This study explores the role of community-based organizations in preparing for and responding to crisis in Lebanon. While there has been considerable work conducted on preparedness, responsiveness and recovery to crisis in Lebanon, there has been little work so far that focuses on measuring and assessing the capacities, expertise, strengths and weaknesses of local CBOS in preparing and responding to crises.
Humanitarian Knowledge Base
These papers have been published in the framework of Lebanon Support and Amel Association’s joint call for publications “Glocalizing humanitarian interventions in Lebanon: a reflexive look into innovative practices in times of crises”, and are available individually online on the Humanitarian Knowledge Base project, part of the Civil Society Knowledge Centre.
The 2015 Global Humanitarian Assistance (GHA) Report highlights that in 2013, 147 countries received humanitarian assistance, with countries from the Arab region, particularly those affected by the Syrian crisis, being the highest beneficiaries of aid. More than 3 billion US dollars was directed to Lebanon, Syria and Jordan. This amounts to 15% of the total international humanitarian response and 43% of the funding directed to the top ten recipients. Notably, Lebanon is among the top 10 countries receiving humanitarian assistance.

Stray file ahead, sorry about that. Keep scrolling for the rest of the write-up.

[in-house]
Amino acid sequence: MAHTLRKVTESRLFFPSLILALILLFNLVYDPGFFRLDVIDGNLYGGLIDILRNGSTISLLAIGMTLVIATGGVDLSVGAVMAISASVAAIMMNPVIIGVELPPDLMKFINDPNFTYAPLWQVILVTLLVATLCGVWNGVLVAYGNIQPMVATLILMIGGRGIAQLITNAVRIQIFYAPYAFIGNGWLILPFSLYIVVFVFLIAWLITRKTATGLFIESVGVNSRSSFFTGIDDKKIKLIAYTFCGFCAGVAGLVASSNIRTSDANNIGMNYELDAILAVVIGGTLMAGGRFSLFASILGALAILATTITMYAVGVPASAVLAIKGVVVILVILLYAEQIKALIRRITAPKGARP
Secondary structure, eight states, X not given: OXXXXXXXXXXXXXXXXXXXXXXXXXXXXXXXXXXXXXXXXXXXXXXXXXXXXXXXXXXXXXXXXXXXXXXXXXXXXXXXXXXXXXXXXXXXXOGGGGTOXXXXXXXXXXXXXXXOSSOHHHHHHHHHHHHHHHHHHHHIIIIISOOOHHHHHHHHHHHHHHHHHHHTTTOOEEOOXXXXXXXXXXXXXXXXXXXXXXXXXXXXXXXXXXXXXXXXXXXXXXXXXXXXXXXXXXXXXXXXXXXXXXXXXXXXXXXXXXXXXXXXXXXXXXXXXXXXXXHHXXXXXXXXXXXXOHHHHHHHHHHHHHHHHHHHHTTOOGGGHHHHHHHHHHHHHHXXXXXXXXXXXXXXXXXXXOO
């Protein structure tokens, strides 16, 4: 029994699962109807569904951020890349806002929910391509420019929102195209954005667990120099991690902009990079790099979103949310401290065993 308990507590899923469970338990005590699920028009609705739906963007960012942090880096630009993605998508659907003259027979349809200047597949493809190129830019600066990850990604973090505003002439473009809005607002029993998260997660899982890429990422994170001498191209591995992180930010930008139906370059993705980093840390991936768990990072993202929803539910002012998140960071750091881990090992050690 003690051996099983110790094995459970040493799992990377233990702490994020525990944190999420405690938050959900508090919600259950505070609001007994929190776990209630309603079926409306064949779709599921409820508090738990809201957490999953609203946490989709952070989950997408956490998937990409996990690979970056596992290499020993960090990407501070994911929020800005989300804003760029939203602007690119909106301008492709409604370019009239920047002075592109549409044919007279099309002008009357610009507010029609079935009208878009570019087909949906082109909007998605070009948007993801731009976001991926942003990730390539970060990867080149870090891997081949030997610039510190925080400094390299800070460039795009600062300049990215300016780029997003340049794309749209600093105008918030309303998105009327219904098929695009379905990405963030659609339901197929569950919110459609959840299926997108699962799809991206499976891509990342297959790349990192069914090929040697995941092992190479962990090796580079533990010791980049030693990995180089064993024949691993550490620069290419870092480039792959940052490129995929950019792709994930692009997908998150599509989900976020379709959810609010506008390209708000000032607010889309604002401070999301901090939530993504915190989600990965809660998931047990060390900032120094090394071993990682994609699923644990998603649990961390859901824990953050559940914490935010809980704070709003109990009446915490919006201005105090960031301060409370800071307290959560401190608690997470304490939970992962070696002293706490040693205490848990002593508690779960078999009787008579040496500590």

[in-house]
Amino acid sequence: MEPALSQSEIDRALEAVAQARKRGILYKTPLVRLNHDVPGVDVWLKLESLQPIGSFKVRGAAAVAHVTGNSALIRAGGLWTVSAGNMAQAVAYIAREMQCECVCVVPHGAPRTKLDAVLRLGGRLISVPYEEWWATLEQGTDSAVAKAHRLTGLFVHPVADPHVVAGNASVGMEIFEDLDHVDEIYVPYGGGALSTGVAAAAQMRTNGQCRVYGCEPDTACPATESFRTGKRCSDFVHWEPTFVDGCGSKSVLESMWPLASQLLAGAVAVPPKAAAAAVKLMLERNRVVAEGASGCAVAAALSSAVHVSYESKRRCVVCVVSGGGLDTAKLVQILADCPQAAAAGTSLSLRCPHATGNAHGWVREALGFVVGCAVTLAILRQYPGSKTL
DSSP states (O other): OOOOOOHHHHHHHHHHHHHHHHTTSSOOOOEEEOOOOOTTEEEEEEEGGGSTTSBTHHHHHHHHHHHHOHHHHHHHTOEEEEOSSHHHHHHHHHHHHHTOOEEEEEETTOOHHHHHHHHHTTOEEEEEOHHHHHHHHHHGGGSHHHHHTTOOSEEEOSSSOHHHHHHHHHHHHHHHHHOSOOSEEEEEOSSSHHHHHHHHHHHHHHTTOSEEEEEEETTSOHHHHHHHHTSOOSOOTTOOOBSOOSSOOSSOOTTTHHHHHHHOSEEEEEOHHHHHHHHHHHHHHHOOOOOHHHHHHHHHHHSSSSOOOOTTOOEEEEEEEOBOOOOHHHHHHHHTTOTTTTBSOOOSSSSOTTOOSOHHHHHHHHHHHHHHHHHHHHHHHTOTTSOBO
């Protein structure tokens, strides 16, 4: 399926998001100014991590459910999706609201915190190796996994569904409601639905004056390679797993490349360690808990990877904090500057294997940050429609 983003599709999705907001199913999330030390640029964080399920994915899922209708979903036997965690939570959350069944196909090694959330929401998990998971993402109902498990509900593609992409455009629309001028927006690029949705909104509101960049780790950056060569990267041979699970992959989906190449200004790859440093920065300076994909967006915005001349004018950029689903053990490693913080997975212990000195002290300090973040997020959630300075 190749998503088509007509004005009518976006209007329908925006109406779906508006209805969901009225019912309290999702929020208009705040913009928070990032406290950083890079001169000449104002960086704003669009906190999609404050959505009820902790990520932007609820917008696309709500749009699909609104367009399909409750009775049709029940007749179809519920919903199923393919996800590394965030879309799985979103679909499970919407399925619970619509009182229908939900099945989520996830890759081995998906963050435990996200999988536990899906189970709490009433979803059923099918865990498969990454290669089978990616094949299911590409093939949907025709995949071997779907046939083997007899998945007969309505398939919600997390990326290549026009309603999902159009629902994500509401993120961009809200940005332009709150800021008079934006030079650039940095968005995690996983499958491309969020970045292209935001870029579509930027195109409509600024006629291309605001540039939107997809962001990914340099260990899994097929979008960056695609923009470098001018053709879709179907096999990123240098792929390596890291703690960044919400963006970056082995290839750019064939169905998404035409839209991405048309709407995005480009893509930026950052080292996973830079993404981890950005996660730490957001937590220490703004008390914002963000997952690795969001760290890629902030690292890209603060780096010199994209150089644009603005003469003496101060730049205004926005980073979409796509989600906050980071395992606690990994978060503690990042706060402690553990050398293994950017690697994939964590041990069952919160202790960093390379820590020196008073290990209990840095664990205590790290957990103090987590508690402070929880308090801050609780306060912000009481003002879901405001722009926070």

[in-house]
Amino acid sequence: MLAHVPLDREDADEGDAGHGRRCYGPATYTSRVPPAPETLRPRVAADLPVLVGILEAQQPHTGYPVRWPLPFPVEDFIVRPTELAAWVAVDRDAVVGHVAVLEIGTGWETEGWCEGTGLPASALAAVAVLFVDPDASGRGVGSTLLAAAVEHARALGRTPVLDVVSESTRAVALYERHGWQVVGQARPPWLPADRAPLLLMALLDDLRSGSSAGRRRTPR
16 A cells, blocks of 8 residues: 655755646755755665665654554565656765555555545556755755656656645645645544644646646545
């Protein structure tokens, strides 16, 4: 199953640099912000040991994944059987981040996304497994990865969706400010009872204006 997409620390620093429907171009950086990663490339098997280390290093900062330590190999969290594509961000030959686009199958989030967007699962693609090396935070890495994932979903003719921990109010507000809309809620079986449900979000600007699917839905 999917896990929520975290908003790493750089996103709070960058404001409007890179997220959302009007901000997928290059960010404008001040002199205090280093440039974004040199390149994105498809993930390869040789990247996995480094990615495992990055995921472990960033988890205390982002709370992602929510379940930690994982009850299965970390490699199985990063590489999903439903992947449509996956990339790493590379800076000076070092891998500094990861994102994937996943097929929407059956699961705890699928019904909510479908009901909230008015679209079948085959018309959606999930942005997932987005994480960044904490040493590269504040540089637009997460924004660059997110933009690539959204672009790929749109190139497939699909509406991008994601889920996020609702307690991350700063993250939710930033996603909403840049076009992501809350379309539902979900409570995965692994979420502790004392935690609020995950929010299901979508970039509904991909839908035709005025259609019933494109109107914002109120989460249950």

Politics of Care and Social Responses in the July 2006 War: a Special Focus on Local Faith-Based Organisations
The present paper will examine the politics of care of international and local humanitarian actors, as well as the social responses to their intervention in the southern suburbs of Beirut (Dahiye) during the Israeli shelling in the summer of 2006.
For many analysts, the situation in Lebanon appears to be at a tipping point of violence, as the country has welcomed more than 1.5 million Syrian refugees since the start of the conflict in Syria. The consequences that this has brought to Lebanese society have been social, economic and structural, among others.
This resource published within Lebanon Support's Humanitarian Knowledge Base, in partnership with the Swiss Agency for Development and Cooperation (SDC), aims to provide the tools and know-how to establish an organisation or collective and operate in Lebanon. It provides the basics relevant to establishing and running an NGO or unregistered group in Lebanon.